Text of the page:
“Gruesome and grizzly video games that are now commonplace” A sentence that was created mainly to shift our focus from the real issue that causes violence. This blatant political blame is an evasion of the real reason behind barbaric behavior in our society. President Trump’s statement is a convenient cover-up that draws our attention away from poverty, limited gun control, and neglect. These perplexing issues have millions of studies that prove a positive correlation to violence but why would this ever come into consideration by politicians that eradicate truth with false statements. We cannot assume that something might cause something else e.g. a reader who read zodiac will not automatically become a serial killer nor a player who plays “violent” games the next criminal. Me as someone who plays video games and perceives them as a hobby realized that there was nothing in the violent video games that I hadn’t already seen on TV, therefore, should we attempt to ban the TV too? Or will the TV be the next cause of barbaric outrage? I see video games as a hobby with never-ending possibilities helping to shape and develop the minds of children, teenagers, and adults. This is what I stand by.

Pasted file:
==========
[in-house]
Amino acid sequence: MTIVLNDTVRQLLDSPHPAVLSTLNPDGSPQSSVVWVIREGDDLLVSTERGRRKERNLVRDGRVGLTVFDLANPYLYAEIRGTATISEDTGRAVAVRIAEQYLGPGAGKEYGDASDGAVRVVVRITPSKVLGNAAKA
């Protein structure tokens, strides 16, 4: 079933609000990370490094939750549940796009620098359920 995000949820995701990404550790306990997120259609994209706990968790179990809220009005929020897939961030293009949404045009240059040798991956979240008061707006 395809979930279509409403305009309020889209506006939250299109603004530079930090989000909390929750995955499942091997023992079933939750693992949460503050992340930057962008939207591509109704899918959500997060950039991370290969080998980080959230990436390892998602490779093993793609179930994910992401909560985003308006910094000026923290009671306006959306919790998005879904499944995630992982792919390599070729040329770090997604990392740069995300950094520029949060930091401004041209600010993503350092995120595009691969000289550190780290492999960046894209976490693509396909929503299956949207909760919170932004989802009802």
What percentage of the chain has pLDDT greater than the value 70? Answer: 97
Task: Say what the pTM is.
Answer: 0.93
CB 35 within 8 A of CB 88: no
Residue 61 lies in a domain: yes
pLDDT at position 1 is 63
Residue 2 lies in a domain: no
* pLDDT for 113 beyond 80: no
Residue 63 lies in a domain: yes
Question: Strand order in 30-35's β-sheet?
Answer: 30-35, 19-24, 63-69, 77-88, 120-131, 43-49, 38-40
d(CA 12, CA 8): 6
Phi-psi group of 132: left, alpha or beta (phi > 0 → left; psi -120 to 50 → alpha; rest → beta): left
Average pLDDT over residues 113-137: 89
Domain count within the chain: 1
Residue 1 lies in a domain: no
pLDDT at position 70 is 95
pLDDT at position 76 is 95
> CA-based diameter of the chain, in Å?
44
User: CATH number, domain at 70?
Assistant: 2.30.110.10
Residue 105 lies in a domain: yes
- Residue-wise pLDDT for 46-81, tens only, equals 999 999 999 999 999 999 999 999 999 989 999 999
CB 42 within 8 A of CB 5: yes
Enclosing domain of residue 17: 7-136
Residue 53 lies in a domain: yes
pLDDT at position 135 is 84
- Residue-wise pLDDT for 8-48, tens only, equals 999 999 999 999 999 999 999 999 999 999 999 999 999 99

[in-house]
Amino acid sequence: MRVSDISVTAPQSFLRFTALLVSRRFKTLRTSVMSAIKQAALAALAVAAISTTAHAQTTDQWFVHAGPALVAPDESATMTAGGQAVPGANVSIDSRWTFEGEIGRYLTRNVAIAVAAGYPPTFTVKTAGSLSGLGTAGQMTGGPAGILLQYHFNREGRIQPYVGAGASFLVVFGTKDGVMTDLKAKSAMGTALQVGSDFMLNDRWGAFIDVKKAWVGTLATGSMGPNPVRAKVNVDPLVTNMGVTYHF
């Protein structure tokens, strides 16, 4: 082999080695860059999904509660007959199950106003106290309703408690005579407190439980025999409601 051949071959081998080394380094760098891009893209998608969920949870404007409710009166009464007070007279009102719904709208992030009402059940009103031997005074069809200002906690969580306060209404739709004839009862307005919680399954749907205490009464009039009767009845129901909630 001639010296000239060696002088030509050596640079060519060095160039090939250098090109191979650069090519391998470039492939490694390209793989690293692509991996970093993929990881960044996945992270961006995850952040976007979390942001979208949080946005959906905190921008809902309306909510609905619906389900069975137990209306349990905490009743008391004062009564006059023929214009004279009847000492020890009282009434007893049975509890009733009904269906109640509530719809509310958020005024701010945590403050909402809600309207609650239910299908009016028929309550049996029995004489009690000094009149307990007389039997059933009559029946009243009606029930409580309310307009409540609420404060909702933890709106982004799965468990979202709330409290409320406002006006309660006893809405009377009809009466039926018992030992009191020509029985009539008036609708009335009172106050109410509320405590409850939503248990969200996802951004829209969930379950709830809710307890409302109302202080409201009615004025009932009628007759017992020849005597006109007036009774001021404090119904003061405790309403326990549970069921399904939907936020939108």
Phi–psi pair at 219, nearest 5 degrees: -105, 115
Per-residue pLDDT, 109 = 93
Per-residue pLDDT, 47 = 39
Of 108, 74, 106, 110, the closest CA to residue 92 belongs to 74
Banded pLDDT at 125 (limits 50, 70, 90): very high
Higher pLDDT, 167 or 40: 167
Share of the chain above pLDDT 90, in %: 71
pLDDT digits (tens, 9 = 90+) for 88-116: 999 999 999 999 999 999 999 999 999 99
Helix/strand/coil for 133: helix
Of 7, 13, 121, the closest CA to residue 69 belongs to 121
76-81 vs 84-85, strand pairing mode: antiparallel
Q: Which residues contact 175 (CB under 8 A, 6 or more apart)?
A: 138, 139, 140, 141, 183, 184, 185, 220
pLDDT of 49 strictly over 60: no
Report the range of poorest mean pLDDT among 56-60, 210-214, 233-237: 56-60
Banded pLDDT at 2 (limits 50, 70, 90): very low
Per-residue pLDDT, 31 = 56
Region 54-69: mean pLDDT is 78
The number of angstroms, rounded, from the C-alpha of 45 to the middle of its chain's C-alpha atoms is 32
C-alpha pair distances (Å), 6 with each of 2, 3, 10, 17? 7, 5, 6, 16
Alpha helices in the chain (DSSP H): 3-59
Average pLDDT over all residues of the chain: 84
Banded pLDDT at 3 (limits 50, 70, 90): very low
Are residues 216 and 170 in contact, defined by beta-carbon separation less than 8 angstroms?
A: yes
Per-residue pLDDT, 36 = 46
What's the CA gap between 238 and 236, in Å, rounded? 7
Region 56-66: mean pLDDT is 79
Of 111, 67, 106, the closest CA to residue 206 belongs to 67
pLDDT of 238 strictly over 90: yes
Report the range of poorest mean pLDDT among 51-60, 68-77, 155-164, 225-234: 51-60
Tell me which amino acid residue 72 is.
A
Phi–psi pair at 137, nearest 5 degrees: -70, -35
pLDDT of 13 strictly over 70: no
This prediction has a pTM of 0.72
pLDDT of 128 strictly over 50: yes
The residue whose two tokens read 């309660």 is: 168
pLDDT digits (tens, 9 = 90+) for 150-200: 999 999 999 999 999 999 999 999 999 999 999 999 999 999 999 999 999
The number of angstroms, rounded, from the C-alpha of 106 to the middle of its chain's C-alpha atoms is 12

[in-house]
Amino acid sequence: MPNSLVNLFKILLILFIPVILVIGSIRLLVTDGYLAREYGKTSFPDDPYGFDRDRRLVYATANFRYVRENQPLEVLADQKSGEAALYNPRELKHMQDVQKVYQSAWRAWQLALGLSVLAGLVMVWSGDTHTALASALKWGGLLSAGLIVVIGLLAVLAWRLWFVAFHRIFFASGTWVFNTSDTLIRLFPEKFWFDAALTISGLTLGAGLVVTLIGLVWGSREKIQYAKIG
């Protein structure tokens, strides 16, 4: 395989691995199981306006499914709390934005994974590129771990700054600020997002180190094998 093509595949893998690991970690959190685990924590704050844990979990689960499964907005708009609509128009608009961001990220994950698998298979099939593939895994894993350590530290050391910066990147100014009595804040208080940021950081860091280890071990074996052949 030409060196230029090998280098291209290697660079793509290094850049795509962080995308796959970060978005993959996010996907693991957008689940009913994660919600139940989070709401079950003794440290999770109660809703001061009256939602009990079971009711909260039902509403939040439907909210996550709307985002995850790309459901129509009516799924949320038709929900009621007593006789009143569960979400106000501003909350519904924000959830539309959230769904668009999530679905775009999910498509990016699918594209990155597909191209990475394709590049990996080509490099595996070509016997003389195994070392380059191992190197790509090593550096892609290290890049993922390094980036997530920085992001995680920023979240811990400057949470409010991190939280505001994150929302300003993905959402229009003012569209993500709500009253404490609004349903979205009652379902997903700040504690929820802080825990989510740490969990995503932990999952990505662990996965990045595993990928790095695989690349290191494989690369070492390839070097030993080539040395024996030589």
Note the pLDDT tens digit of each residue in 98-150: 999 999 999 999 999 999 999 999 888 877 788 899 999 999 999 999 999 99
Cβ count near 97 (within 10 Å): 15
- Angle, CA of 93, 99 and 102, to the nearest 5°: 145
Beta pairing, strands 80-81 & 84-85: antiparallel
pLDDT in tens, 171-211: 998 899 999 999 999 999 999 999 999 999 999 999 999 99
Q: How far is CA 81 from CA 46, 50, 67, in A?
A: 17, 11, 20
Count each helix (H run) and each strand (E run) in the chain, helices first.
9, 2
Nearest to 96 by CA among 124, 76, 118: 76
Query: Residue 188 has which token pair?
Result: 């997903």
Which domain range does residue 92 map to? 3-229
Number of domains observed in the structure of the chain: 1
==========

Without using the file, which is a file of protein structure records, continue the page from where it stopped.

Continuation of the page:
While some leading mental organizations around the world suggest that youngsters should not play violent video games due to the fact they may result in aggressive behavior, there is not enough substantial analysis to prove this theory. When it comes to the little research on violence/aggression there are few ways in which an analyst can test the level of aggression. One way is the “competitive reaction time test” Participants compete with a person inside the subsequent room. They are told that both people need to press a button as speedy as possible once they see a mild flash. The first person to press the button gets to “Abuse” the other with a loud sound that they can turn up and hold for as long as they want. This test was designed to let the person win precisely half of the games. Even if the room was empty the participants who “abused” their opponent more harshly tend to be more aggressive. A study from 2000 used this test when pupils were chosen to play a video game for half an hour. Half were to play a game called Myst (not a violent game) and the other half was to play Wolfenstein 3D (violent game). They concluded that those who played the violent game turned the “abuse” dial for longer. From my perspective, there is an issue with the study as it focuses mainly on statistical evidence and does not tell us that the difference was only 0.16 seconds which is faster than the time it takes for us to blink.